Israel uses UK wars to sell Hermes 900 drones

Israeli company Elbit Systems has embarked on a world wide campaign to sell its new Hermes 900  drone.

Successful use in war is often a strong selling point for military arms, and the maker of Hermes, Elbit Systems of Israel, is quick to point out that the Hermes 900 is part of the Hermes 450 family of drones and therefore shares its ‘combat-proven‘ qualities. The Hermes 900 drone is a larger version of the Hermes 450 which has been flown widely in Israel’s brutal occupation of Palestine and in the service of Britain’s intervention in Afghanistan.

By using Hermes drones extensively, the UK government has become a silent partner with the marketing arm of the Israeli arms industry. This arms industry is a fundamental part of the occupation of Palestine, and the ongoing attacks on Palestinians by the occupation forces.

The Algemeiner blog reports that Hermes drones have flown more than half a million hours, or which 85,000 hours were flown by UK military in Afghanistan.That means 17% of the flight experience of Hermes drones has been with the UK military. Israeli arms merchants trade on this experience when they try to sell drones to other purchasers. (Not mentioned is that UK forces had 11 crashes of Hermes 450’s by 2011 and the Drones Crash Database has recorded other Hermes crashes worldwide)

Drones have long been a mainstay of the Israeli military, and while it rarely discusses its use of drones, some information has leaked out. Drone Wars UK has documented Israel’s use of drones in the occupation of the West Bank, and especially its attacks on Gaza in a report ‘Israel and the Drone Wars’.

Hermes 450 drones are used in Afghanistan under Project Lydian, through which Elbit and its partner Thales (of France) rented drones to the UK military, by the hour,  while the military waited for the introduction of Watchkeeper surveillance drones. Obstensibly a UK built drone, Watchkeeper was based on the smaller Israeli Hermes 450 drone, manufactured and updated in Britain by Thales.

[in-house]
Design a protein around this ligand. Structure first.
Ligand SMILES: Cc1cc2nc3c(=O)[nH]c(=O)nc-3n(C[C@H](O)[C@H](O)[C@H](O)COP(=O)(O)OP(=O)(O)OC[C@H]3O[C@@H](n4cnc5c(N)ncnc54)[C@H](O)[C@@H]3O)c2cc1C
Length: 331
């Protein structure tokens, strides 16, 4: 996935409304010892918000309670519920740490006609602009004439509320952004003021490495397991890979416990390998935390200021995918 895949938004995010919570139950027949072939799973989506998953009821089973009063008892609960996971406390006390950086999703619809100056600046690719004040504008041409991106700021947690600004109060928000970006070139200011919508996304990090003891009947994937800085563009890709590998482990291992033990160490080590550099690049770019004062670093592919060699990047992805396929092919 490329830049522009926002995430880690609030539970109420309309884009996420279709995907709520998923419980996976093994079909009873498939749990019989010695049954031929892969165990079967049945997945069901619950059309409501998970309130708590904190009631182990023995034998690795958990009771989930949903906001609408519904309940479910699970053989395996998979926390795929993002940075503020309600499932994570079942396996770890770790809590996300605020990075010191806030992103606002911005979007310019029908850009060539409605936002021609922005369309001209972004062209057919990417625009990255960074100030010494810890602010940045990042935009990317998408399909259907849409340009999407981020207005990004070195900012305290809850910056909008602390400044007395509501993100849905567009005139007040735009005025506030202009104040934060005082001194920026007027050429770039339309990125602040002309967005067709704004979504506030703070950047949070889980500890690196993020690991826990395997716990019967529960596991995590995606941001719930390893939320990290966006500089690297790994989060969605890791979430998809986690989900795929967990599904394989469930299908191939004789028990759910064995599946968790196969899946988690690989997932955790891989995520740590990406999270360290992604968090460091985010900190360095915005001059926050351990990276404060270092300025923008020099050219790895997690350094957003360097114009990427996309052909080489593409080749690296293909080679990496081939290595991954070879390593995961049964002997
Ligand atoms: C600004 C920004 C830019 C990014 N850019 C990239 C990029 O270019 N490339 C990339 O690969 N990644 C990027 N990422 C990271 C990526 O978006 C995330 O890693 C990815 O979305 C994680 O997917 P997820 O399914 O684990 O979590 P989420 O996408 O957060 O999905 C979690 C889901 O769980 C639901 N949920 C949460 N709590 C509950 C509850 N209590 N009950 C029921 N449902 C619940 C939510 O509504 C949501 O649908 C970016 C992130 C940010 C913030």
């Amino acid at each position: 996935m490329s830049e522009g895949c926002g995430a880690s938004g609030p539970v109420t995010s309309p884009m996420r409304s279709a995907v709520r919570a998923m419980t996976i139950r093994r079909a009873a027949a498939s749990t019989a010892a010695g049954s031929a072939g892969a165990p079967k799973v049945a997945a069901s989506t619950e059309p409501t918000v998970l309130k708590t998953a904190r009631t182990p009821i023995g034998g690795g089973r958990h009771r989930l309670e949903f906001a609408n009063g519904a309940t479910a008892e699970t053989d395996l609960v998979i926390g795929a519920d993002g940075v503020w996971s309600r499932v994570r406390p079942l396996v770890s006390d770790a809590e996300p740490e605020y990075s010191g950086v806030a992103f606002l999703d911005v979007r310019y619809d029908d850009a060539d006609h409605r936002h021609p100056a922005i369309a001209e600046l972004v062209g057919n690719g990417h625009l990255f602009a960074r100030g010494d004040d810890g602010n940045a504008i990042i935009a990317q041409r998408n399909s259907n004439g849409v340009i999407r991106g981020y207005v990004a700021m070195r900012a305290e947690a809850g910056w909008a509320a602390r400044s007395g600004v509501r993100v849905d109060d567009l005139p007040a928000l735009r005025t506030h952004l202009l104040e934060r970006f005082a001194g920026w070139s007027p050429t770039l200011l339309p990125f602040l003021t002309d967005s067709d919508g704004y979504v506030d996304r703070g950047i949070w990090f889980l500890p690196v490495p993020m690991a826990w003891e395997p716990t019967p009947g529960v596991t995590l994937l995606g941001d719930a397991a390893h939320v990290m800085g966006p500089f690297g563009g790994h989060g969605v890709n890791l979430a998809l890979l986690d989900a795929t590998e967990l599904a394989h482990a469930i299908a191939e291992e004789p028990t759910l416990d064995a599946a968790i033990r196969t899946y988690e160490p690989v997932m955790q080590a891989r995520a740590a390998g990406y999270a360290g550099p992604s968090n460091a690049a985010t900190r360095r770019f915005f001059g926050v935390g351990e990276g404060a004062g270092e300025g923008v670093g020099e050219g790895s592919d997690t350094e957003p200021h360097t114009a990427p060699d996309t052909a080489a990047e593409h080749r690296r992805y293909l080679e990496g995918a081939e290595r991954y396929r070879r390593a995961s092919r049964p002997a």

Watchkeeper drones were supposed to replace Hermes 450 drones in 2011, with a different set of operators as well, but the Watchkeeper programme was characterised by delays, and Thales eventually was forced to pick up some of the costs of operating the drone fleet in Afghanistan to compensate for the lateness. In January 2014 Watchkeeper still had not been introduced to Afghanistan, apparently, and the military was still using Hermes drones.

Meanwhile, Elbit is said to be producing one Hermes 900 each week, suggesting an inventory of more than 50 drones over the last year. Some of these have been sold to the Israeli military, and some sold to buyers in Latin America (Chile, Mexico, and Colombia) and elsewhere. Canada has considered buying the Hermes 900 as part of its languishing Project JUSTAS.

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